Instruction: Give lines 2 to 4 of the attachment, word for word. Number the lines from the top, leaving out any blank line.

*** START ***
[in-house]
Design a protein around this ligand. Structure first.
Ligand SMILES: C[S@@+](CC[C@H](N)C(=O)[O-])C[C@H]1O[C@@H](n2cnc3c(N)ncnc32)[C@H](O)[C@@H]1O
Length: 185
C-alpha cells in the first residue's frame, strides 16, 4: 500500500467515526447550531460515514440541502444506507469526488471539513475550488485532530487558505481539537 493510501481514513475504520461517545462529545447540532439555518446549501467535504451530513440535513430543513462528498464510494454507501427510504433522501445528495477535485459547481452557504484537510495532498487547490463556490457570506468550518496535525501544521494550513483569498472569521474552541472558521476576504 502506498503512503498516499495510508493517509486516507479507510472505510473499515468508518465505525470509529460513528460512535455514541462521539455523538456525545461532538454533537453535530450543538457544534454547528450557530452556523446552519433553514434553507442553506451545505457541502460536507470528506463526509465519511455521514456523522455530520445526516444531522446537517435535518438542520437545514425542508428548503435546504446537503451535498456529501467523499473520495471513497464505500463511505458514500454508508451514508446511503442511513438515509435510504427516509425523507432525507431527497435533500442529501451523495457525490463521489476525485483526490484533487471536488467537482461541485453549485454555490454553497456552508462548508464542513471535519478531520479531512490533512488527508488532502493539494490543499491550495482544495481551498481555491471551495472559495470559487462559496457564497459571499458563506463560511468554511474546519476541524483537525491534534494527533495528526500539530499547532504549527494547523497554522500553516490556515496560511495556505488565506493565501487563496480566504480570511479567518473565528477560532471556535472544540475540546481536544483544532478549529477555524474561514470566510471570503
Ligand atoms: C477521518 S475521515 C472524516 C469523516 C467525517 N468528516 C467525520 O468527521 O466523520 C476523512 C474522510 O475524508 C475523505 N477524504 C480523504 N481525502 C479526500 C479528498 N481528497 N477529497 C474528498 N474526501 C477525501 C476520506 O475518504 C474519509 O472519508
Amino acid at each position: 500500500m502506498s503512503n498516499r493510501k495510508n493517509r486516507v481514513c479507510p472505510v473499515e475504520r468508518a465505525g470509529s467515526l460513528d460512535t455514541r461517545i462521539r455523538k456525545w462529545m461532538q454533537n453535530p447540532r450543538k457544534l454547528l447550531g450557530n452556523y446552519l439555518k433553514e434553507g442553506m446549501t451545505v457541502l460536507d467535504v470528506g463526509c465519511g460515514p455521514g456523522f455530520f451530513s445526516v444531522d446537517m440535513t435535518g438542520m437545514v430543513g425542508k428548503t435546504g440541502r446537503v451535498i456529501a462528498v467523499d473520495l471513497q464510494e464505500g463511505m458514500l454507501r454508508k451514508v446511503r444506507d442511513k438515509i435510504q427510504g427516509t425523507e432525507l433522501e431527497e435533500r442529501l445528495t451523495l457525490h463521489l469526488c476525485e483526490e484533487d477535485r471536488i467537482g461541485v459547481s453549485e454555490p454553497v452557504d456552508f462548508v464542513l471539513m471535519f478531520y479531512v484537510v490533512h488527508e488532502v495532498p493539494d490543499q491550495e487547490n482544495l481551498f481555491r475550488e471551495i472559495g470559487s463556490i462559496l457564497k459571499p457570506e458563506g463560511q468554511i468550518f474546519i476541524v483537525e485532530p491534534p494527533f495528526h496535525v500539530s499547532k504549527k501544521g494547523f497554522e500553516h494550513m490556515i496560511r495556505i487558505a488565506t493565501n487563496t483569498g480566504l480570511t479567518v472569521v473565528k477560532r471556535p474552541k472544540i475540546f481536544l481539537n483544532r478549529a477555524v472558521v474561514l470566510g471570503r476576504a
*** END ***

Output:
Design a protein around this ligand. Structure first.
Ligand SMILES: C[S@@+](CC[C@H](N)C(=O)[O-])C[C@H]1O[C@@H](n2cnc3c(N)ncnc32)[C@H](O)[C@@H]1O
Length: 185